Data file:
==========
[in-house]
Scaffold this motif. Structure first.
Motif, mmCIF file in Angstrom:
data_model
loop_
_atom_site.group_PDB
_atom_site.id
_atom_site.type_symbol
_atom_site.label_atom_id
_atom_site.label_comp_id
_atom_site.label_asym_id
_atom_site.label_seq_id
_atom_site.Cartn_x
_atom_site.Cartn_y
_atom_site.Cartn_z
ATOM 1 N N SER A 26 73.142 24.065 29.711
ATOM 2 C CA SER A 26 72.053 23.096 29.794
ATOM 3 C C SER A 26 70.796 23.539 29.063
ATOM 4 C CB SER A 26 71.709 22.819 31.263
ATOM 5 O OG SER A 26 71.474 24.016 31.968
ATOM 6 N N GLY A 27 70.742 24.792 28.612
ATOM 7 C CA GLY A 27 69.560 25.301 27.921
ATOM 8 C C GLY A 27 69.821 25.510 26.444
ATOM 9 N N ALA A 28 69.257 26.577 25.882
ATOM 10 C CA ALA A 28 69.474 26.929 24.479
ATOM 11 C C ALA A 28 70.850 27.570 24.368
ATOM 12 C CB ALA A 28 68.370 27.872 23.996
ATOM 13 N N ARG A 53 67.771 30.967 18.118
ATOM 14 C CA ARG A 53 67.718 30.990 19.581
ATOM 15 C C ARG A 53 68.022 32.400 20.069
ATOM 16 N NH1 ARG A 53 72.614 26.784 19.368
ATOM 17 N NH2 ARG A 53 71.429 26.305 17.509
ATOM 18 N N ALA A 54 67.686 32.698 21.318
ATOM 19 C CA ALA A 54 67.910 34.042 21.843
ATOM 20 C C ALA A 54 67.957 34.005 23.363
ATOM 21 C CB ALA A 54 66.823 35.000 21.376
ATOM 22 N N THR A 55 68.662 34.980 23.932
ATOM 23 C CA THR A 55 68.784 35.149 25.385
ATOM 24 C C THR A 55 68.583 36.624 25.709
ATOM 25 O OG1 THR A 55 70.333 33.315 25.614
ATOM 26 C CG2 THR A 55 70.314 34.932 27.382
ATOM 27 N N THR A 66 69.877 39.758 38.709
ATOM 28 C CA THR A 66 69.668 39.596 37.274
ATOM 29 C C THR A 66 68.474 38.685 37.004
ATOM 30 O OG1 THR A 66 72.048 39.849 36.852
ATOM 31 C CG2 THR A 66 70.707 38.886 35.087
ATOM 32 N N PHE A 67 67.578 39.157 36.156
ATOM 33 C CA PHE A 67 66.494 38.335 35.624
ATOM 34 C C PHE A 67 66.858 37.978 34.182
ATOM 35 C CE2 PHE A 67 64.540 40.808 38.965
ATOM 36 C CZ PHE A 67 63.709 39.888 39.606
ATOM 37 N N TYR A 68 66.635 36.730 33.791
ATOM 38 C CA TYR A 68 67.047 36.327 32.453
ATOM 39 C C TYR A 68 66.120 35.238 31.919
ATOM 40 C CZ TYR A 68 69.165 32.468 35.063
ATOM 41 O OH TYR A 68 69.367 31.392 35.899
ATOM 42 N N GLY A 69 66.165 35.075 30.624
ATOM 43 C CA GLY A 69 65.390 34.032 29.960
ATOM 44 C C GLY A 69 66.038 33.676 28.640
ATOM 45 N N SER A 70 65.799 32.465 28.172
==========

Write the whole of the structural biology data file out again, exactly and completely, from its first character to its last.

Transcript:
[in-house]
Scaffold this motif. Structure first.
Motif, mmCIF file in Angstrom:
data_model
loop_
_atom_site.group_PDB
_atom_site.id
_atom_site.type_symbol
_atom_site.label_atom_id
_atom_site.label_comp_id
_atom_site.label_asym_id
_atom_site.label_seq_id
_atom_site.Cartn_x
_atom_site.Cartn_y
_atom_site.Cartn_z
ATOM 1 N N SER A 26 73.142 24.065 29.711
ATOM 2 C CA SER A 26 72.053 23.096 29.794
ATOM 3 C C SER A 26 70.796 23.539 29.063
ATOM 4 C CB SER A 26 71.709 22.819 31.263
ATOM 5 O OG SER A 26 71.474 24.016 31.968
ATOM 6 N N GLY A 27 70.742 24.792 28.612
ATOM 7 C CA GLY A 27 69.560 25.301 27.921
ATOM 8 C C GLY A 27 69.821 25.510 26.444
ATOM 9 N N ALA A 28 69.257 26.577 25.882
ATOM 10 C CA ALA A 28 69.474 26.929 24.479
ATOM 11 C C ALA A 28 70.850 27.570 24.368
ATOM 12 C CB ALA A 28 68.370 27.872 23.996
ATOM 13 N N ARG A 53 67.771 30.967 18.118
ATOM 14 C CA ARG A 53 67.718 30.990 19.581
ATOM 15 C C ARG A 53 68.022 32.400 20.069
ATOM 16 N NH1 ARG A 53 72.614 26.784 19.368
ATOM 17 N NH2 ARG A 53 71.429 26.305 17.509
ATOM 18 N N ALA A 54 67.686 32.698 21.318
ATOM 19 C CA ALA A 54 67.910 34.042 21.843
ATOM 20 C C ALA A 54 67.957 34.005 23.363
ATOM 21 C CB ALA A 54 66.823 35.000 21.376
ATOM 22 N N THR A 55 68.662 34.980 23.932
ATOM 23 C CA THR A 55 68.784 35.149 25.385
ATOM 24 C C THR A 55 68.583 36.624 25.709
ATOM 25 O OG1 THR A 55 70.333 33.315 25.614
ATOM 26 C CG2 THR A 55 70.314 34.932 27.382
ATOM 27 N N THR A 66 69.877 39.758 38.709
ATOM 28 C CA THR A 66 69.668 39.596 37.274
ATOM 29 C C THR A 66 68.474 38.685 37.004
ATOM 30 O OG1 THR A 66 72.048 39.849 36.852
ATOM 31 C CG2 THR A 66 70.707 38.886 35.087
ATOM 32 N N PHE A 67 67.578 39.157 36.156
ATOM 33 C CA PHE A 67 66.494 38.335 35.624
ATOM 34 C C PHE A 67 66.858 37.978 34.182
ATOM 35 C CE2 PHE A 67 64.540 40.808 38.965
ATOM 36 C CZ PHE A 67 63.709 39.888 39.606
ATOM 37 N N TYR A 68 66.635 36.730 33.791
ATOM 38 C CA TYR A 68 67.047 36.327 32.453
ATOM 39 C C TYR A 68 66.120 35.238 31.919
ATOM 40 C CZ TYR A 68 69.165 32.468 35.063
ATOM 41 O OH TYR A 68 69.367 31.392 35.899
ATOM 42 N N GLY A 69 66.165 35.075 30.624
ATOM 43 C CA GLY A 69 65.390 34.032 29.960
ATOM 44 C C GLY A 69 66.038 33.676 28.640
ATOM 45 N N SER A 70 65.799 32.465 28.172